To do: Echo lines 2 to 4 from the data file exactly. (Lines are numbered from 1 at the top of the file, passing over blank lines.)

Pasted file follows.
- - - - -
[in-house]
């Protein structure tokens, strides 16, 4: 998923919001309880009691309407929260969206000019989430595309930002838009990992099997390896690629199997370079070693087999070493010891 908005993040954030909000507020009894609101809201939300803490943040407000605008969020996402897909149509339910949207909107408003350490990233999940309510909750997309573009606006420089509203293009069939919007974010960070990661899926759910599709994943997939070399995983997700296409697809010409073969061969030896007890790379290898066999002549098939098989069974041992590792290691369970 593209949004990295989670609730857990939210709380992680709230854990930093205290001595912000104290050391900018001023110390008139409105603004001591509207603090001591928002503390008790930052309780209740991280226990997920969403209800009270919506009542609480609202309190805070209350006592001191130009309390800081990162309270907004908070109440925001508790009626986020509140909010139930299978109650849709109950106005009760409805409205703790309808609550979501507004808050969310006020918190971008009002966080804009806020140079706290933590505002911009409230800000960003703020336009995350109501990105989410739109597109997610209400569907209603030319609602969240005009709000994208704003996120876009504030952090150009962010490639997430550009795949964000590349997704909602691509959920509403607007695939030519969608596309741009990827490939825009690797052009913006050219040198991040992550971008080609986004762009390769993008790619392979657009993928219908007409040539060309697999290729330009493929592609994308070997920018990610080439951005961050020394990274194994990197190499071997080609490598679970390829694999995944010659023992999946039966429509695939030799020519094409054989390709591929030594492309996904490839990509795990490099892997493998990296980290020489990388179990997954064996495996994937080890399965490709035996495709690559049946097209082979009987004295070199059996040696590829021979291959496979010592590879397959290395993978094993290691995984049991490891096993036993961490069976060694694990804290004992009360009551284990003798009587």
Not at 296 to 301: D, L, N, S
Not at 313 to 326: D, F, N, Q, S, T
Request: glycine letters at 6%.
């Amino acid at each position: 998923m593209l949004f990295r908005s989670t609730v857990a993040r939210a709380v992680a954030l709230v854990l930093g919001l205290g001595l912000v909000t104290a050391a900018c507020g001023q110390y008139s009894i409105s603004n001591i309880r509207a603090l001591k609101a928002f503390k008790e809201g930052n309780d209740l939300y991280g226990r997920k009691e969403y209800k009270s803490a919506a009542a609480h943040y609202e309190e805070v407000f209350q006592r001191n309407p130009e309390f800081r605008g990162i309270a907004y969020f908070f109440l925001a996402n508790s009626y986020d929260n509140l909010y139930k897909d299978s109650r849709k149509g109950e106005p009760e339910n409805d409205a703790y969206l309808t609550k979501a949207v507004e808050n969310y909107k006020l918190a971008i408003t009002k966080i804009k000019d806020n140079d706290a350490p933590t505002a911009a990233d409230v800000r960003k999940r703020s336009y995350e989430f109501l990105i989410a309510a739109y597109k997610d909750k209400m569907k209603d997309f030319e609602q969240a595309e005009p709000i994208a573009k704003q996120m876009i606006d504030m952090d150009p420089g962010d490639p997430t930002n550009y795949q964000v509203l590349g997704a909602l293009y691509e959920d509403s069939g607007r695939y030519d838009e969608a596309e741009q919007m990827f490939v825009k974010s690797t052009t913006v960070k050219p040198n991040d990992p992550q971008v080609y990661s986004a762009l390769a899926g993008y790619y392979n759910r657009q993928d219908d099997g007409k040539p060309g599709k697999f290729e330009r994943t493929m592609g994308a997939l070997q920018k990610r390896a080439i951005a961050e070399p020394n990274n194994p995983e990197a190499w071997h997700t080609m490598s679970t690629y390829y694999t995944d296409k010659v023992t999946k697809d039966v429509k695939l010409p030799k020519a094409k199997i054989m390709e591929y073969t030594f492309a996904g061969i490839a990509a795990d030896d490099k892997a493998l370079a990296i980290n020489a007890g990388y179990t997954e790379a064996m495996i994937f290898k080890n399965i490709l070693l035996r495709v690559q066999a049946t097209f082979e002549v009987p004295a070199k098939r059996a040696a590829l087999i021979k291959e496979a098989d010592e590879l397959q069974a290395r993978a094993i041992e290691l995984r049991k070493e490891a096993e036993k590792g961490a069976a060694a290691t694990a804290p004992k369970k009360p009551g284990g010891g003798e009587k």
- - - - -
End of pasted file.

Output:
């Protein structure tokens, strides 16, 4: 998923919001309880009691309407929260969206000019989430595309930002838009990992099997390896690629199997370079070693087999070493010891 908005993040954030909000507020009894609101809201939300803490943040407000605008969020996402897909149509339910949207909107408003350490990233999940309510909750997309573009606006420089509203293009069939919007974010960070990661899926759910599709994943997939070399995983997700296409697809010409073969061969030896007890790379290898066999002549098939098989069974041992590792290691369970 593209949004990295989670609730857990939210709380992680709230854990930093205290001595912000104290050391900018001023110390008139409105603004001591509207603090001591928002503390008790930052309780209740991280226990997920969403209800009270919506009542609480609202309190805070209350006592001191130009309390800081990162309270907004908070109440925001508790009626986020509140909010139930299978109650849709109950106005009760409805409205703790309808609550979501507004808050969310006020918190971008009002966080804009806020140079706290933590505002911009409230800000960003703020336009995350109501990105989410739109597109997610209400569907209603030319609602969240005009709000994208704003996120876009504030952090150009962010490639997430550009795949964000590349997704909602691509959920509403607007695939030519969608596309741009990827490939825009690797052009913006050219040198991040992550971008080609986004762009390769993008790619392979657009993928219908007409040539060309697999290729330009493929592609994308070997920018990610080439951005961050020394990274194994990197190499071997080609490598679970390829694999995944010659023992999946039966429509695939030799020519094409054989390709591929030594492309996904490839990509795990490099892997493998990296980290020489990388179990997954064996495996994937080890399965490709035996495709690559049946097209082979009987004295070199059996040696590829021979291959496979010592590879397959290395993978094993290691995984049991490891096993036993961490069976060694694990804290004992009360009551284990003798009587």
Not at 296 to 301: D, L, N, S
Not at 313 to 326: D, F, N, Q, S, T